NOV 10, 2021 10:59 AM PST

Can Low Blood Sugar in Older Patients Lead to Serious Vascular Complications?

Low blood sugar, otherwise called ‘hypoglycemia,’ is common among patients that have diabetes. This is especially true for those taking glucose-lowering medications. In the elderly, hypoglycemic events can be particularly dangerous and may result in falls. Low blood sugar has also been associated with cognitive decline in the elderly. As such, the aim of managing elderly patients with diabetes is to improve their symptoms and quality of life rather than aggressively lowering blood glucose. The results of a meta-analysis published in March 2021 suggest a significant association between hypoglycemia and vascular events.

This review included 44 studies and involved more than 2.5 million participants over age 55 on glucose-lowering medications. Their analysis revealed a significant association between hypoglycemia and microvascular complications such as nephropathy and retinopathy. Such complications can result in considerable life alterations, such as a need for dialysis or blindness. Hypoglycemia was also associated with the risk of macrovascular events such as strokes and myocardial infarction. Studies revealing these vascular associations showed no evidence of variation between them. In addition to vascular complications, a significant association was also found between hypoglycemia and cardiovascular death.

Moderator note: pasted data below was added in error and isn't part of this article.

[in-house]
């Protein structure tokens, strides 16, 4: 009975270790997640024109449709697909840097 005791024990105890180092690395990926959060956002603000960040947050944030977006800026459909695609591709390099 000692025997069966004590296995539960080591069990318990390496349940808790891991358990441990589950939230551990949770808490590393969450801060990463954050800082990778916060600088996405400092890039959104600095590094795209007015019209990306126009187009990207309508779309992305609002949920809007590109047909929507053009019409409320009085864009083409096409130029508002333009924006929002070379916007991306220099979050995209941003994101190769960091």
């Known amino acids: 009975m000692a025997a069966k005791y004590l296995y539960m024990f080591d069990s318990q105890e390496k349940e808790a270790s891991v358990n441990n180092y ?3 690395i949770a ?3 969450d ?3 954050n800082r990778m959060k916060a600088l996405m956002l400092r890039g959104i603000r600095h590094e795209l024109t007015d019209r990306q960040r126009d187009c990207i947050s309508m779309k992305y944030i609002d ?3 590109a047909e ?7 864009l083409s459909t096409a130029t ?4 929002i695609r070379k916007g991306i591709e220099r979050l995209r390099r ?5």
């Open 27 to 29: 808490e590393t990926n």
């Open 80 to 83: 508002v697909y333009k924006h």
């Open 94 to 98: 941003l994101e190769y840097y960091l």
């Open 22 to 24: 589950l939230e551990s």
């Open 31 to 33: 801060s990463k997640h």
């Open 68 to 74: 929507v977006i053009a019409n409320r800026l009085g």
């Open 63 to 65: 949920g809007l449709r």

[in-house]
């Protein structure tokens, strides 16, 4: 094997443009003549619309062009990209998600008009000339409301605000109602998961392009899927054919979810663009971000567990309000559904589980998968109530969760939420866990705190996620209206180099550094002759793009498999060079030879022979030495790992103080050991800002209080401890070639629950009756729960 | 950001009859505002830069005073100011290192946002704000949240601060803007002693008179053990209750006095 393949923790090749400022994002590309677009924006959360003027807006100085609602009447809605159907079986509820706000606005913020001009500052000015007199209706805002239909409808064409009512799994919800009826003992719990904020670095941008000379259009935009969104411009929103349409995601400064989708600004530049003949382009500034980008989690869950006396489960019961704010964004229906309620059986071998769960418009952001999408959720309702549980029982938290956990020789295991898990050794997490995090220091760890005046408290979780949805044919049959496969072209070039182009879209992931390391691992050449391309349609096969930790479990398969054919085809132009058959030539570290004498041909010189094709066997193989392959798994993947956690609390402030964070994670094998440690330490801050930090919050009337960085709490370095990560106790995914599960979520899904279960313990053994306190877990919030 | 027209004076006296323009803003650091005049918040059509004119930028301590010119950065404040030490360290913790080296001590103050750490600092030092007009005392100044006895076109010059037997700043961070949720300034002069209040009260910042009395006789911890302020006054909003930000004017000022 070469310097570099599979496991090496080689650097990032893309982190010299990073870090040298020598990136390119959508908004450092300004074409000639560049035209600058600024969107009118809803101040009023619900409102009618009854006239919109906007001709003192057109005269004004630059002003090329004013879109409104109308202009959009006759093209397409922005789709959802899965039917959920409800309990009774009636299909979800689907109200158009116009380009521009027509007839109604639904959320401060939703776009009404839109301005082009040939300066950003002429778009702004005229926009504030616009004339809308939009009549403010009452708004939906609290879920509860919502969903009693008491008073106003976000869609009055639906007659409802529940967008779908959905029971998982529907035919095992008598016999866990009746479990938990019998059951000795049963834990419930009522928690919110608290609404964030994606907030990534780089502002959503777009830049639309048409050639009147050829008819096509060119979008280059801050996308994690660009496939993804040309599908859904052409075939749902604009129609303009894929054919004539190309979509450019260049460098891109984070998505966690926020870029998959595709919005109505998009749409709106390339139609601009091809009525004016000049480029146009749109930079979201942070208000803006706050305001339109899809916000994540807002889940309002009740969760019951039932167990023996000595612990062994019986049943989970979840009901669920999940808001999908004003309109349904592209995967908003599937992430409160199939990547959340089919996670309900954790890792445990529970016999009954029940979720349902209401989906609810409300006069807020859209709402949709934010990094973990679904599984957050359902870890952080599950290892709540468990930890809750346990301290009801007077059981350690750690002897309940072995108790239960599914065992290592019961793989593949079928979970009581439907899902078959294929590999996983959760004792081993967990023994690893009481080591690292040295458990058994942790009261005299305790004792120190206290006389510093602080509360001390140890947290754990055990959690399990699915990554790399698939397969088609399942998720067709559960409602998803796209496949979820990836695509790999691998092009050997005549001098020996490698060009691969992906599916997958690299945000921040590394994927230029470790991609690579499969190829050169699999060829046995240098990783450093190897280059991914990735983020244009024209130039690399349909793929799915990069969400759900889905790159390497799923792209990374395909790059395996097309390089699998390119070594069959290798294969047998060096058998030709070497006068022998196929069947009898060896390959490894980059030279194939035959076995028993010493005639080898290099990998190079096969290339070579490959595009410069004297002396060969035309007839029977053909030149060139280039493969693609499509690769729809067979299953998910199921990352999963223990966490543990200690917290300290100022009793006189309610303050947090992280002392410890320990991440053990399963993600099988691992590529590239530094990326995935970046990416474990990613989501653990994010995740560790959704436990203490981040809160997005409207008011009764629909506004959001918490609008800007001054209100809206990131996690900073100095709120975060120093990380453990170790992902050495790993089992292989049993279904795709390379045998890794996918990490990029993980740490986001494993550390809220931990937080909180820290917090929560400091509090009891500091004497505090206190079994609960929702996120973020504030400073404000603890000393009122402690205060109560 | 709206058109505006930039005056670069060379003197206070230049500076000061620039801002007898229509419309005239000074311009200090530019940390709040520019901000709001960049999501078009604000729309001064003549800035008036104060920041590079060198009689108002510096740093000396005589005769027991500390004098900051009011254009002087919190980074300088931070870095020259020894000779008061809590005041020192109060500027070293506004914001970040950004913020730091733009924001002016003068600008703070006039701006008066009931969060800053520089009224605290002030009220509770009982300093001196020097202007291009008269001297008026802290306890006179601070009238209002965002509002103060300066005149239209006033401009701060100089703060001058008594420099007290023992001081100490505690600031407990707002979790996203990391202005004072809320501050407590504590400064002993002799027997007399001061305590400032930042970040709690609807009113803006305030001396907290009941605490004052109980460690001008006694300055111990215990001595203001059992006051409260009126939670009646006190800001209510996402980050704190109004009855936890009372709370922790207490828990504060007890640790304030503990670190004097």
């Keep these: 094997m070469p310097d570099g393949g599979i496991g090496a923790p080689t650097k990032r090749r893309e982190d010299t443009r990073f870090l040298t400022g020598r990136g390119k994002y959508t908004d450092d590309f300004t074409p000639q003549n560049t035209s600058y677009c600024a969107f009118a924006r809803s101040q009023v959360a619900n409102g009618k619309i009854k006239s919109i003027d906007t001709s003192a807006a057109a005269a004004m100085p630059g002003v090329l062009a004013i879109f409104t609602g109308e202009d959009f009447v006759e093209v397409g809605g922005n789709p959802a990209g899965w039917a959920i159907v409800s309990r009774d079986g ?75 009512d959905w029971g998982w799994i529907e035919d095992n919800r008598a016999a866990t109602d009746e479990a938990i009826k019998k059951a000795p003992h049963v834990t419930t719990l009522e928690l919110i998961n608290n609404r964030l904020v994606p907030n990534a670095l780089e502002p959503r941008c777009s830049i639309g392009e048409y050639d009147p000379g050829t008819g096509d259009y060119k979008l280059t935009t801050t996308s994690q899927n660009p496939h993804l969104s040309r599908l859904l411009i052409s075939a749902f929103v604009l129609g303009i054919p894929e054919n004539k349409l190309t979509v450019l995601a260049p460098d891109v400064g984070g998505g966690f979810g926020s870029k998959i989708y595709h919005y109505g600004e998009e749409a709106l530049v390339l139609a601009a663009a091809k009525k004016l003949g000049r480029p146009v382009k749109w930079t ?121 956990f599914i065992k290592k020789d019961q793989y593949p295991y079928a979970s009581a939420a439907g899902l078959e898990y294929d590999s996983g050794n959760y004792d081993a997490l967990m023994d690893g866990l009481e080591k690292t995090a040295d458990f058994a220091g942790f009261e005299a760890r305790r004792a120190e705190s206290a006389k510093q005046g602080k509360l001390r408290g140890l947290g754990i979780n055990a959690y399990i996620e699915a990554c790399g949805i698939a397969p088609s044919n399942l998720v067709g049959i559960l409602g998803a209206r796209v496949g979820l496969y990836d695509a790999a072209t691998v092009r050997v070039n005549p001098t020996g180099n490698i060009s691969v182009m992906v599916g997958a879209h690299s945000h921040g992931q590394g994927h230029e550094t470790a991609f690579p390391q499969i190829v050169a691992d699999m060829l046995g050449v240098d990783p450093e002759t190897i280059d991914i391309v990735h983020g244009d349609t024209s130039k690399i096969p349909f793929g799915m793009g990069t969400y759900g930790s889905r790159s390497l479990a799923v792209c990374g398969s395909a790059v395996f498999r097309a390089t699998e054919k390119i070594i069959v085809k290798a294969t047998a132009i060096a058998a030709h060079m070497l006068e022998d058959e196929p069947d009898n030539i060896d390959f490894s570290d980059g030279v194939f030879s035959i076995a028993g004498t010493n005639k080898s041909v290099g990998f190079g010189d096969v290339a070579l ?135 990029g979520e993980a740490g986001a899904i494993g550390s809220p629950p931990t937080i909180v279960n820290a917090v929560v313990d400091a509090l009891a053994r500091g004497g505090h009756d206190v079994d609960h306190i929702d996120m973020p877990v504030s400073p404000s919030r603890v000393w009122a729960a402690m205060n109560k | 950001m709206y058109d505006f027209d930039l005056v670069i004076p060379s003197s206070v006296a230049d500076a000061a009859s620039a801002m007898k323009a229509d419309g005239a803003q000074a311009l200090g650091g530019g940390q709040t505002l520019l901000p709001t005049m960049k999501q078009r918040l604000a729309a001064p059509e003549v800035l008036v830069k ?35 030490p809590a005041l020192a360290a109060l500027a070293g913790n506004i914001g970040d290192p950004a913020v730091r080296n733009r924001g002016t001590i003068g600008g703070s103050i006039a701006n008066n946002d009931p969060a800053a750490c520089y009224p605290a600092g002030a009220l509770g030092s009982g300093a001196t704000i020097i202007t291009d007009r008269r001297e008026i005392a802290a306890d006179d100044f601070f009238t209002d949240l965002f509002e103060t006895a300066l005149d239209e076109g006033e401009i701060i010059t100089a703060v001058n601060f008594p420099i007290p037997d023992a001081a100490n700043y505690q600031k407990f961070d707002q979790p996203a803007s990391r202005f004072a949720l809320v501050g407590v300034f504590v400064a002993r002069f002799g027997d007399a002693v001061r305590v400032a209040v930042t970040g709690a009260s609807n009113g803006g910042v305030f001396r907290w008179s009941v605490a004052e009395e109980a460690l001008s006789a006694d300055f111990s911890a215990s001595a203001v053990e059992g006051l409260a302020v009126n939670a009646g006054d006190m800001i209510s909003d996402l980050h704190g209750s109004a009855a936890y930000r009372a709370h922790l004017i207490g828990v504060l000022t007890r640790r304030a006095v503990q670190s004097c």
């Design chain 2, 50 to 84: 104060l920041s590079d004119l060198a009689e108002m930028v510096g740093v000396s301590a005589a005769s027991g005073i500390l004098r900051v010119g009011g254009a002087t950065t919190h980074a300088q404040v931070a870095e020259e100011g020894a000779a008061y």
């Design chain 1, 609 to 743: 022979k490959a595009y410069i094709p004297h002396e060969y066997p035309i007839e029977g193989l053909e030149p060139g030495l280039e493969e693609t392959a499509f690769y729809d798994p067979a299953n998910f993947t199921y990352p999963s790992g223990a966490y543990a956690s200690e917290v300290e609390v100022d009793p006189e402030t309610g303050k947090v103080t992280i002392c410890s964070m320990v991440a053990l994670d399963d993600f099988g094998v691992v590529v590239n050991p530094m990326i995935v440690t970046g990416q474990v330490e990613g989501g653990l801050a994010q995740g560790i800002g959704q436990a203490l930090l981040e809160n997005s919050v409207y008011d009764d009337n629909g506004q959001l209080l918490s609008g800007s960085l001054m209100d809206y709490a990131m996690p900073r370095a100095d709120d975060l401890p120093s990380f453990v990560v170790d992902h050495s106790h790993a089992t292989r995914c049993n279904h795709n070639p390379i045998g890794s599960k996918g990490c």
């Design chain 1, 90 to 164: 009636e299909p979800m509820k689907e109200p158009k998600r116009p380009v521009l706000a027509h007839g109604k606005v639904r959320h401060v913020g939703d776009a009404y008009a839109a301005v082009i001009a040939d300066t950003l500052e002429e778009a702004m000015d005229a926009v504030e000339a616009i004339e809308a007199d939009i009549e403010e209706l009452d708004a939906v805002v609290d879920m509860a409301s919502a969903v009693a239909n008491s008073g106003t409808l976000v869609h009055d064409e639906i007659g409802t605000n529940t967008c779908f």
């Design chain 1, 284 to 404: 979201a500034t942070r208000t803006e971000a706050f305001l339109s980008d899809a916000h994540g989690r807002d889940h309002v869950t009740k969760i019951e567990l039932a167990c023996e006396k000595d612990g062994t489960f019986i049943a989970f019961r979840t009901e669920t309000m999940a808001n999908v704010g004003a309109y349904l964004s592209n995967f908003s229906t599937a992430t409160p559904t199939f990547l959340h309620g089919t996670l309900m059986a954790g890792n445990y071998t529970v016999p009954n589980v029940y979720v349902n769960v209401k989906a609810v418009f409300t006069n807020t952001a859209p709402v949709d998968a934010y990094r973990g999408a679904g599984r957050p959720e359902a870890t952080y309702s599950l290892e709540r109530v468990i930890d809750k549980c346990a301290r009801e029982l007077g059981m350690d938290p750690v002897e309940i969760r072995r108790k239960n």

The review included retrospective and prospective cohort studies. Due to the observational nature of the studies, causality could not be definitively determined. Strengths of this review include its large sample size, the inclusion of only full journal publications, and diligent quality assessment. This large body of evidence strongly suggests an association between hypoglycemia and vascular complications in older patients on glucose-lowering medications. The study provides further support for an approach to diabetes management in older patients that focuses on quality of life rather than strictly defined goals for laboratory markers of glycemic control.

Sources: Frontiers in Endocrinology

About the Author
MD
Dr. Christopher DiMaio is a Science Writer at Labroots. He received his MD from Penn State College of Medicine in 2014. His academic and professional interests include Neuroscience, Behavioral health, Immunology, and Healthcare improvement, among others. He is an active part of his community.
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